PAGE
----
Every experienced health professional knows two things about this question: (1) it's one of the most essential things to know, and (2) we have the wrong answer a shocking amount of the time. There are all-too-often discrepancies between the medications the medical practitioner intended the patient to take and what medications a person actually takes. The reasons are varied. Maybe a medicine is too expensive, too unpleasant or too hard to take on schedule. Maybe the patient has contraindicated prescriptions from several doctors who aren't aware other physicians are involved in care. Maybe the patient is taking herbal supplements, over-the-counter medicines or illegal drugs.
No matter the reason, an inaccurate medication list can and should be fixed when a patient enters the hospital, whether for emergency care or a scheduled admission. Medication reconciliation is a formal process of creating a comprehensive and accurate list of all medications that a patient is taking.
The Joint Commission for hospital accreditation raised our awareness about the seriousness of the problem when it added reconciliation as a national patient safety goal. The commission issued a Sentential Event Alert in January 2006.
Nurses, pharmacists and pharmacy technicians usually speak to the patient directly to assemble the medication list. Sometimes a prescriber or another clinician, such as a radiology technologist, will obtain the patient's list, depending on the situation and the department. Pharmacy's involvement makes sense because pharmacists are best educated to handle the specifics of a wide range of medicines.
Many hospitals contact patients in advance and ask them to create a "home medication list" prior to coming into the hospital. This may be a good starting point, but what we've learned is that the pharmacist or other medical professional must ask very specific and pointed questions. "Do you take anything for headaches?" "Do you take anything from a nutrition store?"
Hospital pharmacists are crucial at the next step of medication reconciliation, especially if the preliminary list has been assembled by another competent professional. The hospital pharmacist may need to check the list by calling the patient's community pharmacy - or, in some cases, pharmacies. The hospital pharmacist will confirm what's accurate, including brand, dosage, directions, and refill history.
Physicians and nurses are an obvious audience for an accurate medication list. The doctor can use the list to refine the patient's overall medication strategy, even for conditions that may not be directly related to the hospital visit.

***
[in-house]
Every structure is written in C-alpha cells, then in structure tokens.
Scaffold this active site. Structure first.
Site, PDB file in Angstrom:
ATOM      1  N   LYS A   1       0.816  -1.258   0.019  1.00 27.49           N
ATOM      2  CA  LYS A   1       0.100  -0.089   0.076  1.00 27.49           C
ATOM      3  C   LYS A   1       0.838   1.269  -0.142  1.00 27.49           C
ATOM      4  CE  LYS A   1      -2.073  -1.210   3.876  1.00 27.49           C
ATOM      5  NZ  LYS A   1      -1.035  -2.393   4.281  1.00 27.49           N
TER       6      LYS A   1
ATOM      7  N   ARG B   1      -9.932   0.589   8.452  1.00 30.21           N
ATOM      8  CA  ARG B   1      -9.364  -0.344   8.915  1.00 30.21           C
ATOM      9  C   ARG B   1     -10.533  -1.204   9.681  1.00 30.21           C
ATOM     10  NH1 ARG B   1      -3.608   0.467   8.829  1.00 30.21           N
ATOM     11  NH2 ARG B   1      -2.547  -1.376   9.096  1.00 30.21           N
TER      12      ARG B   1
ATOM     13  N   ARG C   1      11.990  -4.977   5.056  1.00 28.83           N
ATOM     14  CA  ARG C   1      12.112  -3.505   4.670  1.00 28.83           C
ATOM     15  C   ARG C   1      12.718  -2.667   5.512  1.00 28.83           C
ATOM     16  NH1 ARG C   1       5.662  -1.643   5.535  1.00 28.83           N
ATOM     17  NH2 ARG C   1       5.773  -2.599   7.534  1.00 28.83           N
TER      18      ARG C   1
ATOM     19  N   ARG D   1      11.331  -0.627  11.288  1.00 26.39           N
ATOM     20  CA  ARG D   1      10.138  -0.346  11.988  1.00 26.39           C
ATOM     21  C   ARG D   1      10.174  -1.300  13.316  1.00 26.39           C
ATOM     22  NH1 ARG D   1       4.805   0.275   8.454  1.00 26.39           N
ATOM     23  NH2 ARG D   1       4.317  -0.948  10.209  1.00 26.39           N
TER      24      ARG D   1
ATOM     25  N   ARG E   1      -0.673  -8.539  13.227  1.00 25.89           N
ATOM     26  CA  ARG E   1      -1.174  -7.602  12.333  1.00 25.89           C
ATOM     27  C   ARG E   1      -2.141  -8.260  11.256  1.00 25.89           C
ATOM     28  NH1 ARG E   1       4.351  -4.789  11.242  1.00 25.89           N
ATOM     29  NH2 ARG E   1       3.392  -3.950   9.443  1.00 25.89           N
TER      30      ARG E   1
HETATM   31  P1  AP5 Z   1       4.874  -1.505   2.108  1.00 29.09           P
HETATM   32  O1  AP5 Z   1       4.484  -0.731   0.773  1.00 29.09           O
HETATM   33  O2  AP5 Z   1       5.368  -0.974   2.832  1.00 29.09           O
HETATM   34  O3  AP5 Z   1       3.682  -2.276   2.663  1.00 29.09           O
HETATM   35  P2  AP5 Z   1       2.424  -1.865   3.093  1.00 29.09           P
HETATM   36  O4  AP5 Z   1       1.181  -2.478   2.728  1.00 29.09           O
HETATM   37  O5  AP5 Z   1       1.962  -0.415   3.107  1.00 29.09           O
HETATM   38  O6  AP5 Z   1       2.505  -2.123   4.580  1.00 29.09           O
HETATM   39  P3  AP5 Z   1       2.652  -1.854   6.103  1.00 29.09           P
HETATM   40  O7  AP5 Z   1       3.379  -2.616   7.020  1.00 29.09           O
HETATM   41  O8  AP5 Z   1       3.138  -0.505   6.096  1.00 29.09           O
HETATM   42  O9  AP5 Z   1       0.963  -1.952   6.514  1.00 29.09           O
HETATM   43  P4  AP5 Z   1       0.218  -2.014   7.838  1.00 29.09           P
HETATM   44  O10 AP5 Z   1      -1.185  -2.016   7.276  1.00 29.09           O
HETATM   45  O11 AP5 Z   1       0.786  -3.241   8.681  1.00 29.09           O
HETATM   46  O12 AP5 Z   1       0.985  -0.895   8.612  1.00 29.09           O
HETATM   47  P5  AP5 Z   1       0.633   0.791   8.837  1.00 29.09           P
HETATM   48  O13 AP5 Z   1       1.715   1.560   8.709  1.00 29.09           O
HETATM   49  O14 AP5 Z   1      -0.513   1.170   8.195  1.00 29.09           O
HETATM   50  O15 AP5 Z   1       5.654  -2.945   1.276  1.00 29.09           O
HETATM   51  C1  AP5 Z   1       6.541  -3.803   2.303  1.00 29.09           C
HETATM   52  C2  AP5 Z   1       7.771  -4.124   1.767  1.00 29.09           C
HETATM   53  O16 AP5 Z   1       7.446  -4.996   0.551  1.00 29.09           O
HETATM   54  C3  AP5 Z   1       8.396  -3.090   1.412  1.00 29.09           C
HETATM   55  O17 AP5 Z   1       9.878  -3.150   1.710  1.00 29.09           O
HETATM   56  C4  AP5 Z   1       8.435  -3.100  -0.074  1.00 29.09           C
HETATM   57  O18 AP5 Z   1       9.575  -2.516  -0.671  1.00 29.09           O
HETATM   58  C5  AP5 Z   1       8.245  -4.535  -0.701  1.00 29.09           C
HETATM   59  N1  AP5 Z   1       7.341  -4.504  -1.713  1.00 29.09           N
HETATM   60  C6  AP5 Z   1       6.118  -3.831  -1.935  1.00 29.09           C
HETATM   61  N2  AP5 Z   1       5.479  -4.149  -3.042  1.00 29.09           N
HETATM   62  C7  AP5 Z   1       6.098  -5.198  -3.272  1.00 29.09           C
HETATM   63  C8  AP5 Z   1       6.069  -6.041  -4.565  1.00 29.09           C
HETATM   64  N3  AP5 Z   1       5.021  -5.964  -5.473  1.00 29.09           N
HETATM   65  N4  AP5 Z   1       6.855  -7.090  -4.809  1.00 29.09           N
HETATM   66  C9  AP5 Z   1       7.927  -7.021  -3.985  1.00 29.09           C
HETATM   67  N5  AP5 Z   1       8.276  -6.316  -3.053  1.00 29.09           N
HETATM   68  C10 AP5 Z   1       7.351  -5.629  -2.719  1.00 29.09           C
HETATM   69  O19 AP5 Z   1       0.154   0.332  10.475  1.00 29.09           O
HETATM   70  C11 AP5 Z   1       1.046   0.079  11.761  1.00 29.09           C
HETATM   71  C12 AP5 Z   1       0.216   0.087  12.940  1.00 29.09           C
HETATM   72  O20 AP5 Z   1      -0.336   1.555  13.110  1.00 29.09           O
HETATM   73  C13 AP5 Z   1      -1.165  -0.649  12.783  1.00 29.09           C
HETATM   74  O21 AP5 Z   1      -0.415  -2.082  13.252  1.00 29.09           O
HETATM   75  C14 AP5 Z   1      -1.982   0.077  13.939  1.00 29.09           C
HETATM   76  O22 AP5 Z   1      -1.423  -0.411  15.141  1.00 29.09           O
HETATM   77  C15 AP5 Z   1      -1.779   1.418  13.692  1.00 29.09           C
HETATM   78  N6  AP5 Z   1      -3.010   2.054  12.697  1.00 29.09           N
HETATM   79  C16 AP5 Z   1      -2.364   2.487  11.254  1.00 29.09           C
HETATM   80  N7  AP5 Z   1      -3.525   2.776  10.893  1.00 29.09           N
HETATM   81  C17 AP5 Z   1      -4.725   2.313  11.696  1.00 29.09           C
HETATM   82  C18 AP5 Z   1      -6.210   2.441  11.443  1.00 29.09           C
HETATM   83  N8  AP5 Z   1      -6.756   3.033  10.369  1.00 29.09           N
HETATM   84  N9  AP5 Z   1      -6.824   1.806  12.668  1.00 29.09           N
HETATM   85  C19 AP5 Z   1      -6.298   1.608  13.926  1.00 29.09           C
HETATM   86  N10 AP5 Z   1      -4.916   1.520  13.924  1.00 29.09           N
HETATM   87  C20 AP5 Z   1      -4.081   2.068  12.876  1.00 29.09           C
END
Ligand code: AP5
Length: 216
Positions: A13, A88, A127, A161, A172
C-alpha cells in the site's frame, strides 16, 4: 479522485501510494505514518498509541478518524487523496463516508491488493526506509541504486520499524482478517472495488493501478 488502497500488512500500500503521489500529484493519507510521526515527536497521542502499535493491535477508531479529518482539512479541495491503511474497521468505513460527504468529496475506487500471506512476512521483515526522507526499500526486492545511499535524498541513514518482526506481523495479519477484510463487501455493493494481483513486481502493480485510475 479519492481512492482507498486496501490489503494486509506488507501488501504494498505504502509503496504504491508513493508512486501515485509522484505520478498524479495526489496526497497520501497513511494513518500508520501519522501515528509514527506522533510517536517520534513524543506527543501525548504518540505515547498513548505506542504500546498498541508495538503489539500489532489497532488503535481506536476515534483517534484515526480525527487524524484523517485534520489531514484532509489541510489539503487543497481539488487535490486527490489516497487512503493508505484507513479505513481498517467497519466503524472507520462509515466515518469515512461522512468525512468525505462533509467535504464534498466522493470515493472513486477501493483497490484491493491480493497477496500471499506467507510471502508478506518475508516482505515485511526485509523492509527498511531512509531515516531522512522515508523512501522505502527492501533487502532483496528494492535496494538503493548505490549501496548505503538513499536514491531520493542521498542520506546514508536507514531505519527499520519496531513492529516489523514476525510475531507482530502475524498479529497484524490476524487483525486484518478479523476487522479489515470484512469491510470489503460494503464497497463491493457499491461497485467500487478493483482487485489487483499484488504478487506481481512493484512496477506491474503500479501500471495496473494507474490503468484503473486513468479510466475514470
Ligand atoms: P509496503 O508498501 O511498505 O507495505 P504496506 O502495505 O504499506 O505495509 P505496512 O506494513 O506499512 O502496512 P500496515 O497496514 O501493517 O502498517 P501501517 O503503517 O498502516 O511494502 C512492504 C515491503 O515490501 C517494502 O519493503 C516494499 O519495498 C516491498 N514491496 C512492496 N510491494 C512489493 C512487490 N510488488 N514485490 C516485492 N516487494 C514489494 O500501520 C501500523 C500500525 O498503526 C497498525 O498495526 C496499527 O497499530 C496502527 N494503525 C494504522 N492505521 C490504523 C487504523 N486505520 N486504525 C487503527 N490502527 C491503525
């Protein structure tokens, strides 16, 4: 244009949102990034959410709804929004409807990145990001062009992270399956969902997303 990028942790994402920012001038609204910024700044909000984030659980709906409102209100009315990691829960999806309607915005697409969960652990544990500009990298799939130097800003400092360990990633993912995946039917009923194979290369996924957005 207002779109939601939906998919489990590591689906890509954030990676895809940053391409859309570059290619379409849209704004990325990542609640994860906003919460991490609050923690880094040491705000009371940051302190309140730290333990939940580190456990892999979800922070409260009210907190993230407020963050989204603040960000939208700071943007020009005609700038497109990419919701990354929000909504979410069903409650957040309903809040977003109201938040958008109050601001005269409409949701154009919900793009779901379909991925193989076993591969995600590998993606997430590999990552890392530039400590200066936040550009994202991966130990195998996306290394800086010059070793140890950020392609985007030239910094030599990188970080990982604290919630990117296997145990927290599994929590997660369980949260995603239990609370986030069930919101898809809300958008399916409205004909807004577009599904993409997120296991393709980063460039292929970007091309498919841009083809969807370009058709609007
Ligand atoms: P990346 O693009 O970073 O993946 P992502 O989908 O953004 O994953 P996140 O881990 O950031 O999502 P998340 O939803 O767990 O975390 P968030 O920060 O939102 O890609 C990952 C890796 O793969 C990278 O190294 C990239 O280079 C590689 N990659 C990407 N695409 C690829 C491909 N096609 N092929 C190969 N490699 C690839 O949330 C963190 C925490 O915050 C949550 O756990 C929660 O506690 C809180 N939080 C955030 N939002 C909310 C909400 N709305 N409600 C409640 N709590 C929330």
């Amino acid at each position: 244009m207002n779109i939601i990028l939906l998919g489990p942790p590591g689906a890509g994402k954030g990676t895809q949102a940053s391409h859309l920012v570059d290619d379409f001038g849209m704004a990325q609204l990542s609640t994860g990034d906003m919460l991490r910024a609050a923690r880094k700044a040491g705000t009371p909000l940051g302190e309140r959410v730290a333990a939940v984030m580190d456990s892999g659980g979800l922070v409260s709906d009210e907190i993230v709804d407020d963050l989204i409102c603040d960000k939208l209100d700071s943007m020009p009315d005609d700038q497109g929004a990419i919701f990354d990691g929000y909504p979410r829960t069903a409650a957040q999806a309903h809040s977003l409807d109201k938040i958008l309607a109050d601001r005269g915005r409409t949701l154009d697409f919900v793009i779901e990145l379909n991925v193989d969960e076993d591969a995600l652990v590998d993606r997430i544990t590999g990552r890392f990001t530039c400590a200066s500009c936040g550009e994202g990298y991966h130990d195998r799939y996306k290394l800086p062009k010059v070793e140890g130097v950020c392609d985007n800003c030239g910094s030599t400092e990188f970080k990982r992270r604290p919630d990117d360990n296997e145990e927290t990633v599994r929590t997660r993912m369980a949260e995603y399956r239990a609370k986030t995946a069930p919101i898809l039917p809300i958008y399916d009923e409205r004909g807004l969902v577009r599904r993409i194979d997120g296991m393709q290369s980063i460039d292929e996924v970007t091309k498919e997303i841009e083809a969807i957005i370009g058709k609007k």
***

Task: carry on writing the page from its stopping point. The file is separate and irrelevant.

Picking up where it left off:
The patient is also a crucial audience. Each patient needs to leave the hospital with an accurate medication list. Encourage them to keep it up-to-date after the hospital visit is over. Encourage the patient to share it with his or her community pharmacist. Make sure the patient understands the list is a very important and on-going diary to keep. Suggest the patient keep the list in his or her wallet.
A hospital pharmacist possesses wisdom gained from experience. Use that wisdom when patients are discharged to give advice that can help in their everyday lives. For example, many errors are associated with two commonly used high-alert drugs: insulin for diabetes and anticoagulants for heart problems and blood clots. Make it a point to talk to patients and families about these high-alert drugs. Impress upon them that these are potentially very dangerous drugs. Tell those on warfarin that their INR (international normalized ratio) is a number they should know and follow.
Asking patients questions - even when you know the answer - is a great way to educate patients. "What did the doctor tell you that you're using this medicine for?" "Did the doctor tell you what you should look for in side effects?"
It's unfortunate that electronic health records don't yet provide patients, doctors and pharmacists access to a master medication list. Privacy concerns are one roadblock. The patient must hand-write information to keep a medication list up-to-date after leaving the hospital. The best thing a patient can do is go to a single pharmacy so records are stored on one computer. In reality, a one-pharmacy approach often doesn't work for a patient. Shopping around for price or getting prescriptions filled while visiting other states are common occurrences.
Medication reconciliation has improved dramatically since The Joint Commission issued its wake-up call and other accreditation organizations followed. Technology is better than it used to be. Many hospitals have a polypharmacy cutoff - say 8 or 10 medicines - that triggers a holistic overview of medications.
Think of a hospital stay as two opportunities for reconciliation. A hospital admission is the perfect time for medical providers to solve a vexing mystery: what medications is a patient really taking? A hospital discharge is another opportunity: to send a patient back into the real world with accurate information and helpful guidance.
"Reconciliation" is a word that has many meanings. I think of it this way: How can we make sure everyone is singing out of the same songbook? That's a concept that works in both medicine and a patient's everyday life.